1662 – Francis Bampfield conducted worship in his house for his family and a few neighbors, his text was I Th. 5:6-7. Soldiers broke up the service producing a warrant and arrested Bampfield, Humphrey Philips his assistant, and twenty-five others who were taken to the home of the provost, Marshall, and detained for five days. All received rough treatment and were later released. Bampfield returned to preaching and was arrested again. After a series of arrests, trials, imprisonments, and persecutions he was finally imprisoned at Dorchester, England where his incarceration lasted for nine years. During this time he preached nearly every Sunday, and was able to establish a church within the prison walls. It was during this time that he embraced the observance of the Sabbath Day. Upon his release he started a church in Piner’s Hall in London, on March 5, 1675. He ministered there, whenever his “prison schedule” allowed until his death in 1684. It was also during this time that he came to accept believer’s immersion only as the scriptural means of baptism, and was immersed while an inmate. He led his congregation to that biblical position. On March 17, 1682, he was arrested for the last time. Following his trial, in which the jury, at the order of the judge, gave a verdict of guilty, he was imprisoned for what would prove the remainder of his life. He was imprisoned in the dread prison at Newgate and was buried in a new graveyard purchased by the Baptists near Aldersgate Street on Feb. 19 1684. [Richard L. Greaves, Saints and Rebels (Macon, Ga.: Mercer University. Press, 1985), p. 183.This Day in Baptist History II: Cummins and Thompson, BJU Press: Greenville, S.C. 2000 A.D. pp. 513-15]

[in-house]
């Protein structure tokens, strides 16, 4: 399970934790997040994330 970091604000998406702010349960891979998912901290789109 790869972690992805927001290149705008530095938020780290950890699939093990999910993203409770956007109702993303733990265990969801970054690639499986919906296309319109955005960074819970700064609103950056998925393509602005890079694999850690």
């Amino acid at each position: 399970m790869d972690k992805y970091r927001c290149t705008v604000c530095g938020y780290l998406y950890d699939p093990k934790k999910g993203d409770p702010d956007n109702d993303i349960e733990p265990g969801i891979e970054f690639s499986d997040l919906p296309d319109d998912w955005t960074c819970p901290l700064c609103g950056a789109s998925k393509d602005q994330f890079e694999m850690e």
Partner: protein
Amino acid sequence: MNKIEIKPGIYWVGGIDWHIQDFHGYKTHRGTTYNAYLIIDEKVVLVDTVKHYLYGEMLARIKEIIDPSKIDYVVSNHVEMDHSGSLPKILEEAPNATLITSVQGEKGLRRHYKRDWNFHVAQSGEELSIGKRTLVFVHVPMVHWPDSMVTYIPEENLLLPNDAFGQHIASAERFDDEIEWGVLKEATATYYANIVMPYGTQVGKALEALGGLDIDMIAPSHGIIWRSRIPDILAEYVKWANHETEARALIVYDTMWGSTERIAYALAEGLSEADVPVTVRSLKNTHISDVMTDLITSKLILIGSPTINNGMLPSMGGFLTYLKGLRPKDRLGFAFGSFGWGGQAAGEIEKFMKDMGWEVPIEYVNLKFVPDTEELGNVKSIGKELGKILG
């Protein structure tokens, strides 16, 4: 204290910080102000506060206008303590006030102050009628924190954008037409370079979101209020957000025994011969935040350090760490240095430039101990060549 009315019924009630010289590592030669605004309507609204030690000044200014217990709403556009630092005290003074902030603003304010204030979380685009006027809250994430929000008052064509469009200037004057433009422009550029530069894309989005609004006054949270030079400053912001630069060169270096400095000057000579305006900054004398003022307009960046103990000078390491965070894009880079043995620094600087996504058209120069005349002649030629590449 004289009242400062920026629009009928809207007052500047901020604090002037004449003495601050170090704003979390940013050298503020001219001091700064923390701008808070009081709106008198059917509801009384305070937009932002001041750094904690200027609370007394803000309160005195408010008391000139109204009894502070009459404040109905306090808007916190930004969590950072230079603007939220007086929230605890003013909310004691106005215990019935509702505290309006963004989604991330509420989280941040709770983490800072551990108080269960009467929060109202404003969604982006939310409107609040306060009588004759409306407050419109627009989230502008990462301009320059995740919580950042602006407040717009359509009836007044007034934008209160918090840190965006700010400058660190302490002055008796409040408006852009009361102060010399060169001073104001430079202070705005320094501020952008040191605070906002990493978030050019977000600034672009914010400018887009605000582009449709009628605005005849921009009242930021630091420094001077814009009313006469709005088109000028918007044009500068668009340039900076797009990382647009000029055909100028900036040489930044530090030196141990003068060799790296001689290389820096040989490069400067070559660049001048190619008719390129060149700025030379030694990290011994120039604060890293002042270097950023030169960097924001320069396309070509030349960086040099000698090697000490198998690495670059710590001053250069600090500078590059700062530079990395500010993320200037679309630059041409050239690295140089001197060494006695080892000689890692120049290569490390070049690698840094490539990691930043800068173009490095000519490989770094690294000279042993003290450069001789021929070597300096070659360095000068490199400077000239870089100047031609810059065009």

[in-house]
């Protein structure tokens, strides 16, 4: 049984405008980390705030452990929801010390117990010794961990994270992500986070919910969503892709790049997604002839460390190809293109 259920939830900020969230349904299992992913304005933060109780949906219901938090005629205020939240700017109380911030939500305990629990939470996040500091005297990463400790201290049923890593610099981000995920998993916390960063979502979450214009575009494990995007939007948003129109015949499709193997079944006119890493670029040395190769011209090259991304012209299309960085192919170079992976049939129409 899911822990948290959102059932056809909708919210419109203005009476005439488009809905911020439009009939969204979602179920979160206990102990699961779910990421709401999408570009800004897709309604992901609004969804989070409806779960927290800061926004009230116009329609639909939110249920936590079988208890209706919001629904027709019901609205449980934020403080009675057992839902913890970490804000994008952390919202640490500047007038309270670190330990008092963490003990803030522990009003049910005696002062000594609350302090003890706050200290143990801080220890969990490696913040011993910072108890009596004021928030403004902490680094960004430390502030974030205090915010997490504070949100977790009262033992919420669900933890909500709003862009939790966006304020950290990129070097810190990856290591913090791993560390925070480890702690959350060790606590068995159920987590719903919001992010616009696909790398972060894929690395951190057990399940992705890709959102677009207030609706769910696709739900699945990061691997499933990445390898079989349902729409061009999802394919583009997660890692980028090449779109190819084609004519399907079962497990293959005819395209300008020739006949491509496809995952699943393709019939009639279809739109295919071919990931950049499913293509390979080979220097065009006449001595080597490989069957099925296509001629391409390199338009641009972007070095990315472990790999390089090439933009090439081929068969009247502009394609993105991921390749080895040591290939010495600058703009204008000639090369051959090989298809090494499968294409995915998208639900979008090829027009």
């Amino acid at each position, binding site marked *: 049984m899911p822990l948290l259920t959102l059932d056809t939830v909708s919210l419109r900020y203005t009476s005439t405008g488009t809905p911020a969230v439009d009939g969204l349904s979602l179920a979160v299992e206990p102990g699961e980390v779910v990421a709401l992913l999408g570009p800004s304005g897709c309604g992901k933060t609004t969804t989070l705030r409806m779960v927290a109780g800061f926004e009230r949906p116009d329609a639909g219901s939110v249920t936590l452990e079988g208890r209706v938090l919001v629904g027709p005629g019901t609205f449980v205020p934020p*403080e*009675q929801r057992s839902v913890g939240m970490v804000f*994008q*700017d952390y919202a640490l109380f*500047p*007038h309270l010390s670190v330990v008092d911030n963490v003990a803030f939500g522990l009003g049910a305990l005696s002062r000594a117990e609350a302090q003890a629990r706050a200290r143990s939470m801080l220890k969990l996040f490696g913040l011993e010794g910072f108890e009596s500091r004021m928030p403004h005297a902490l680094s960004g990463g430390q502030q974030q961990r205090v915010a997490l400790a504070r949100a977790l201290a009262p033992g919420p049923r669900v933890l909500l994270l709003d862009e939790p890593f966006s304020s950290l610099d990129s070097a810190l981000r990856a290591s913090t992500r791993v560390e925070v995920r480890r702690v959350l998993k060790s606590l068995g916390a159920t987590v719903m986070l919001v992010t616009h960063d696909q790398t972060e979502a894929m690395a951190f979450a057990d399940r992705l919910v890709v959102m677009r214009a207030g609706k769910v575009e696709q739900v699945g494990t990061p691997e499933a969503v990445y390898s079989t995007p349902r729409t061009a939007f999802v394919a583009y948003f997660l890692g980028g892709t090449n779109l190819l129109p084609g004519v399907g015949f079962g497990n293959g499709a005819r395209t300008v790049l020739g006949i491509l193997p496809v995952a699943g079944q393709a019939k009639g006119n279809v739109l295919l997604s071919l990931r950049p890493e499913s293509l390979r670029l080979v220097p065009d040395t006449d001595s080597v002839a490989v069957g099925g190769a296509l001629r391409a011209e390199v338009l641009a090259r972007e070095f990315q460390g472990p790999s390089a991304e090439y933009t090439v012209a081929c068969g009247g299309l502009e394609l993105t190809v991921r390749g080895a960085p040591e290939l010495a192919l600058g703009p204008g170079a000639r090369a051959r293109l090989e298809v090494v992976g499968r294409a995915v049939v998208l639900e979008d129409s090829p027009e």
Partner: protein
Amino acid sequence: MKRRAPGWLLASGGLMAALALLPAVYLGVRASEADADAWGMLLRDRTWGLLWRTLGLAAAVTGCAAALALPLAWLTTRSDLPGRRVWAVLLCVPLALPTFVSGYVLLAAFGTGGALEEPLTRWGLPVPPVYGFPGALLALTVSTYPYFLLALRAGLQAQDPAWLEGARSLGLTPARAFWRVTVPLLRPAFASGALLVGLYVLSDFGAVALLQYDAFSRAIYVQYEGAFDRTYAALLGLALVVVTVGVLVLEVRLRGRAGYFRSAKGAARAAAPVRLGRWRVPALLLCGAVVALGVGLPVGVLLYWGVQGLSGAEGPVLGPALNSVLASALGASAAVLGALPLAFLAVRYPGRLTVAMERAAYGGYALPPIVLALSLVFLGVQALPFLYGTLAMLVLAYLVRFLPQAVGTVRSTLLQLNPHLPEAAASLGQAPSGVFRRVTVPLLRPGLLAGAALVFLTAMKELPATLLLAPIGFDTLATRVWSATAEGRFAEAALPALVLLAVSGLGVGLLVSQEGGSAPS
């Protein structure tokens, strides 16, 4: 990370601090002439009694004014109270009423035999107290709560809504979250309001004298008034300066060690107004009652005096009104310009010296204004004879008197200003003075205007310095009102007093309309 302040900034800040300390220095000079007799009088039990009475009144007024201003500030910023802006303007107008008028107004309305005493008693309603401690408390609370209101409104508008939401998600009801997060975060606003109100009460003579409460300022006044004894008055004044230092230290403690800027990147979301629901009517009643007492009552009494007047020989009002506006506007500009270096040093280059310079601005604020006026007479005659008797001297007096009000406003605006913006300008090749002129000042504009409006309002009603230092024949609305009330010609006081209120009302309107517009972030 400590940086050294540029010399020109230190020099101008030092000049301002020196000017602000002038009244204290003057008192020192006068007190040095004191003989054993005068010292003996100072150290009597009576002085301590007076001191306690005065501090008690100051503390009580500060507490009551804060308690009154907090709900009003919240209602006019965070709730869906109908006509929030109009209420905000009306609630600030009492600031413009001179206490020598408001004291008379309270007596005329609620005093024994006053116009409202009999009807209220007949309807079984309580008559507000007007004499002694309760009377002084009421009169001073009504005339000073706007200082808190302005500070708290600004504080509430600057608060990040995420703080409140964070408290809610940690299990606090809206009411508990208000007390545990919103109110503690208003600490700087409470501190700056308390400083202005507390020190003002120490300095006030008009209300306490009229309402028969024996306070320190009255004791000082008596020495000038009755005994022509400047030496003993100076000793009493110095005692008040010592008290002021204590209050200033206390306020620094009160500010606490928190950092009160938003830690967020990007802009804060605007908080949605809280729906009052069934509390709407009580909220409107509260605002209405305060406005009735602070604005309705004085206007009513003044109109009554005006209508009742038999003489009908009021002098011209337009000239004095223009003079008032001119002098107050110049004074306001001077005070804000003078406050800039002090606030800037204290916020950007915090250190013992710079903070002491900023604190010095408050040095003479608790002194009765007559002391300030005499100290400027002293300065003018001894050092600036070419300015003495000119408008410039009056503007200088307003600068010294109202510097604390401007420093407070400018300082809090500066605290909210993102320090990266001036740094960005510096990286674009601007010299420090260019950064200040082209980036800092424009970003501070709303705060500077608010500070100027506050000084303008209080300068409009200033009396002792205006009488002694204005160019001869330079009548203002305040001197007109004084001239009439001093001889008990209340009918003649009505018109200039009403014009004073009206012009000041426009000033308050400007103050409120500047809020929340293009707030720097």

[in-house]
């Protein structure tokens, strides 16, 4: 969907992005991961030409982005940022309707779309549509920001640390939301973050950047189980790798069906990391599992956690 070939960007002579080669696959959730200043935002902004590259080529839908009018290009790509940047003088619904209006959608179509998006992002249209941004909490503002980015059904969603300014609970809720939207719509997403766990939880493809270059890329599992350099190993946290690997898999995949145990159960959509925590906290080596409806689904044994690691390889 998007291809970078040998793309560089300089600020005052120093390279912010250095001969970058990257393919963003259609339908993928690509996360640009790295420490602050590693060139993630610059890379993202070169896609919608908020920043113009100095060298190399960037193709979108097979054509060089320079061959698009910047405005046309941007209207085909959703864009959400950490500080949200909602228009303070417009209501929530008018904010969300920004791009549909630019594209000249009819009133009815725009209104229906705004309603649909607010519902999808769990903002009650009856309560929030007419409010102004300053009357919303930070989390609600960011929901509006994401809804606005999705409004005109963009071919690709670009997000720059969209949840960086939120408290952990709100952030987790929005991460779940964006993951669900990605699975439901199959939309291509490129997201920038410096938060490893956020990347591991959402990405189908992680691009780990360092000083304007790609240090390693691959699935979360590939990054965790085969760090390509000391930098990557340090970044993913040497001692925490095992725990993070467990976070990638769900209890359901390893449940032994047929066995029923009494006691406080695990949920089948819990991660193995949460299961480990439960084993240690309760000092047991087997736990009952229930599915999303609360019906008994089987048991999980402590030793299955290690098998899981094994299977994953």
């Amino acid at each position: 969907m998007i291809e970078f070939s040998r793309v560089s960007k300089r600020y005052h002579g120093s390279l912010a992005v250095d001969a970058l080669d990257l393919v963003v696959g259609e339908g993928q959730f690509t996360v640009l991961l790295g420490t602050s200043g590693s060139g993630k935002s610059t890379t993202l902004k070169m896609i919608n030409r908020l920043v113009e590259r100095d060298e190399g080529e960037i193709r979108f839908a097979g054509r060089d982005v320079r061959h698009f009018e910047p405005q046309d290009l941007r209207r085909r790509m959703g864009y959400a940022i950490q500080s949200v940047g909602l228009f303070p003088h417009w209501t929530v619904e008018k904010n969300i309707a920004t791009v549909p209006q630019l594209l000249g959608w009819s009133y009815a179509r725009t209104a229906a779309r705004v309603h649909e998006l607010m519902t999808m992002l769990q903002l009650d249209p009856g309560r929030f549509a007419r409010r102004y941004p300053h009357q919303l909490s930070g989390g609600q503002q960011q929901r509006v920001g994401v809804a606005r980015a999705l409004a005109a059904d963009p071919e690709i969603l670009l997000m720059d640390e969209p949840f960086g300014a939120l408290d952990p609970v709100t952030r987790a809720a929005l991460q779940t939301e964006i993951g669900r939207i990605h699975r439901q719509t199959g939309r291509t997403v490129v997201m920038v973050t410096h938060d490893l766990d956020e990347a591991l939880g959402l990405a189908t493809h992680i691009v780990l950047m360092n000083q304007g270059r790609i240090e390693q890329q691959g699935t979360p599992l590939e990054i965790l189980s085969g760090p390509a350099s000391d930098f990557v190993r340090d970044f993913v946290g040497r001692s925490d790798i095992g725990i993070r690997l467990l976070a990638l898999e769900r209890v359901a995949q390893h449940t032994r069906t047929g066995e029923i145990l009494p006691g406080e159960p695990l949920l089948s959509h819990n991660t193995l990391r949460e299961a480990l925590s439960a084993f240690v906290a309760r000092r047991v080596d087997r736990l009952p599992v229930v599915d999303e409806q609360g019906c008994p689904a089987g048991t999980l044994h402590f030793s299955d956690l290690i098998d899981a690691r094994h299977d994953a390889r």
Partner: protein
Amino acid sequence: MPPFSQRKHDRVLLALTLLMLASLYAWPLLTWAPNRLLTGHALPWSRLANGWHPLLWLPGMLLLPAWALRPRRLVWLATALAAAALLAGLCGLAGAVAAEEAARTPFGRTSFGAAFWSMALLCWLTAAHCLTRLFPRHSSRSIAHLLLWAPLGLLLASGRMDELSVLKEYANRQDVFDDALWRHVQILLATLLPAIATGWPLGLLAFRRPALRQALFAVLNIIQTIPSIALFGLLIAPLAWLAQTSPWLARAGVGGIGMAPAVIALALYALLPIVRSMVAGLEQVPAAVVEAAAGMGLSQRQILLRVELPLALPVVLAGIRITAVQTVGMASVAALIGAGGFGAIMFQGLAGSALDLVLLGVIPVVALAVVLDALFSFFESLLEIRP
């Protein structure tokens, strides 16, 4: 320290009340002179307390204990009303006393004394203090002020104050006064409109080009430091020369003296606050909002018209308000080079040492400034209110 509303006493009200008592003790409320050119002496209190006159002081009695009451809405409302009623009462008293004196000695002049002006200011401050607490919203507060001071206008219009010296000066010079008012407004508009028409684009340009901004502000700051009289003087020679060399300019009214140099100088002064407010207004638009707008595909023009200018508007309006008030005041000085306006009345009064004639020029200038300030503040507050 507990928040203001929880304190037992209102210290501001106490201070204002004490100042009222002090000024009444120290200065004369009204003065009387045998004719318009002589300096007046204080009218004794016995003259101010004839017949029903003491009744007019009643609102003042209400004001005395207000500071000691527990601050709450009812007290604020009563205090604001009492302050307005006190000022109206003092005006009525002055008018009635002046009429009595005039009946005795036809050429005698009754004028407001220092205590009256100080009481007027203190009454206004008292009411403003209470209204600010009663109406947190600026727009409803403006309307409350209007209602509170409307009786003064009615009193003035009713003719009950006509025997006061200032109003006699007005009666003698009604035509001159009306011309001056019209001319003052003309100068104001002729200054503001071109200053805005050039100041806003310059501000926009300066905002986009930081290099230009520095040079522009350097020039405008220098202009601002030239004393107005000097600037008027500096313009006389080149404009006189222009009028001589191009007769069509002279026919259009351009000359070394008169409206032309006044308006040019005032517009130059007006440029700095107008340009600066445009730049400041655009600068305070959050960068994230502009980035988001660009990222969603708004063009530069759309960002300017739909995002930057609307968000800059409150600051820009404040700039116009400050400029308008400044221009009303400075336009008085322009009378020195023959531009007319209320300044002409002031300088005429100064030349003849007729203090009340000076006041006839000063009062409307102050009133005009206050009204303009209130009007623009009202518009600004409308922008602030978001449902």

Prepared by Dr. Greg J. Dixon

 

 

 

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146 — May 26 – This Day in Baptist History Past


 

 Lewis Craig grave site

 

The Bold Preacher Who Fled Fast